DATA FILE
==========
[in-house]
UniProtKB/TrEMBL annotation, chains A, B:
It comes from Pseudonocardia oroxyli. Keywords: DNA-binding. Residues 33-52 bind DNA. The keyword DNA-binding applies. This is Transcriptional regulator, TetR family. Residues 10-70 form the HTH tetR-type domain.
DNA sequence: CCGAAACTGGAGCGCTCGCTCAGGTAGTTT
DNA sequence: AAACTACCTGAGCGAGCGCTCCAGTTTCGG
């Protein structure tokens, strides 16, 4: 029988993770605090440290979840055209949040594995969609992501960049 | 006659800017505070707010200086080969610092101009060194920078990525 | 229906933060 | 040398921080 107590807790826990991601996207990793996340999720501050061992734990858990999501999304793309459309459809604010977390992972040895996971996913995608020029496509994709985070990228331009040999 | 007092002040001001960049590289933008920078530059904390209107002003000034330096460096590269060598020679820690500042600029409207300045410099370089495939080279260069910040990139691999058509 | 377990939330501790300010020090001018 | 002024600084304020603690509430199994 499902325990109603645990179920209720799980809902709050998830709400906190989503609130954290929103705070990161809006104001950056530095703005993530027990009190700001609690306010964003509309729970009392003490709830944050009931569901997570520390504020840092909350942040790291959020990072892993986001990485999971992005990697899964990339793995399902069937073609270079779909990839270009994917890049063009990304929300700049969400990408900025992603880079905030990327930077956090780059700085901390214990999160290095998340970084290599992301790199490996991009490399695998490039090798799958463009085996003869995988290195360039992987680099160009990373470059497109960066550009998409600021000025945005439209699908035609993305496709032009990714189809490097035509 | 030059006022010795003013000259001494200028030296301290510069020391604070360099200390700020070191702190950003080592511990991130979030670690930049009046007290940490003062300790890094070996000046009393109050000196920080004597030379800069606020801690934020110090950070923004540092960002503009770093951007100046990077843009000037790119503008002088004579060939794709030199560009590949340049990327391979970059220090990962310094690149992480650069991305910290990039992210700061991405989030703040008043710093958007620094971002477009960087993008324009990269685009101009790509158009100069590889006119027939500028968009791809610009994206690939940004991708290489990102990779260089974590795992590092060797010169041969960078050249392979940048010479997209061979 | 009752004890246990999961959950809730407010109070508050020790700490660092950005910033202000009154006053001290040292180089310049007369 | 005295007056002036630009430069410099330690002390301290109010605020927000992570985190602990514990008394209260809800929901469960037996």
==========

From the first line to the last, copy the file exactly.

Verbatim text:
[in-house]
UniProtKB/TrEMBL annotation, chains A, B:
It comes from Pseudonocardia oroxyli. Keywords: DNA-binding. Residues 33-52 bind DNA. The keyword DNA-binding applies. This is Transcriptional regulator, TetR family. Residues 10-70 form the HTH tetR-type domain.
DNA sequence: CCGAAACTGGAGCGCTCGCTCAGGTAGTTT
DNA sequence: AAACTACCTGAGCGAGCGCTCCAGTTTCGG
């Protein structure tokens, strides 16, 4: 029988993770605090440290979840055209949040594995969609992501960049 | 006659800017505070707010200086080969610092101009060194920078990525 | 229906933060 | 040398921080 107590807790826990991601996207990793996340999720501050061992734990858990999501999304793309459309459809604010977390992972040895996971996913995608020029496509994709985070990228331009040999 | 007092002040001001960049590289933008920078530059904390209107002003000034330096460096590269060598020679820690500042600029409207300045410099370089495939080279260069910040990139691999058509 | 377990939330501790300010020090001018 | 002024600084304020603690509430199994 499902325990109603645990179920209720799980809902709050998830709400906190989503609130954290929103705070990161809006104001950056530095703005993530027990009190700001609690306010964003509309729970009392003490709830944050009931569901997570520390504020840092909350942040790291959020990072892993986001990485999971992005990697899964990339793995399902069937073609270079779909990839270009994917890049063009990304929300700049969400990408900025992603880079905030990327930077956090780059700085901390214990999160290095998340970084290599992301790199490996991009490399695998490039090798799958463009085996003869995988290195360039992987680099160009990373470059497109960066550009998409600021000025945005439209699908035609993305496709032009990714189809490097035509 | 030059006022010795003013000259001494200028030296301290510069020391604070360099200390700020070191702190950003080592511990991130979030670690930049009046007290940490003062300790890094070996000046009393109050000196920080004597030379800069606020801690934020110090950070923004540092960002503009770093951007100046990077843009000037790119503008002088004579060939794709030199560009590949340049990327391979970059220090990962310094690149992480650069991305910290990039992210700061991405989030703040008043710093958007620094971002477009960087993008324009990269685009101009790509158009100069590889006119027939500028968009791809610009994206690939940004991708290489990102990779260089974590795992590092060797010169041969960078050249392979940048010479997209061979 | 009752004890246990999961959950809730407010109070508050020790700490660092950005910033202000009154006053001290040292180089310049007369 | 005295007056002036630009430069410099330690002390301290109010605020927000992570985190602990514990008394209260809800929901469960037996």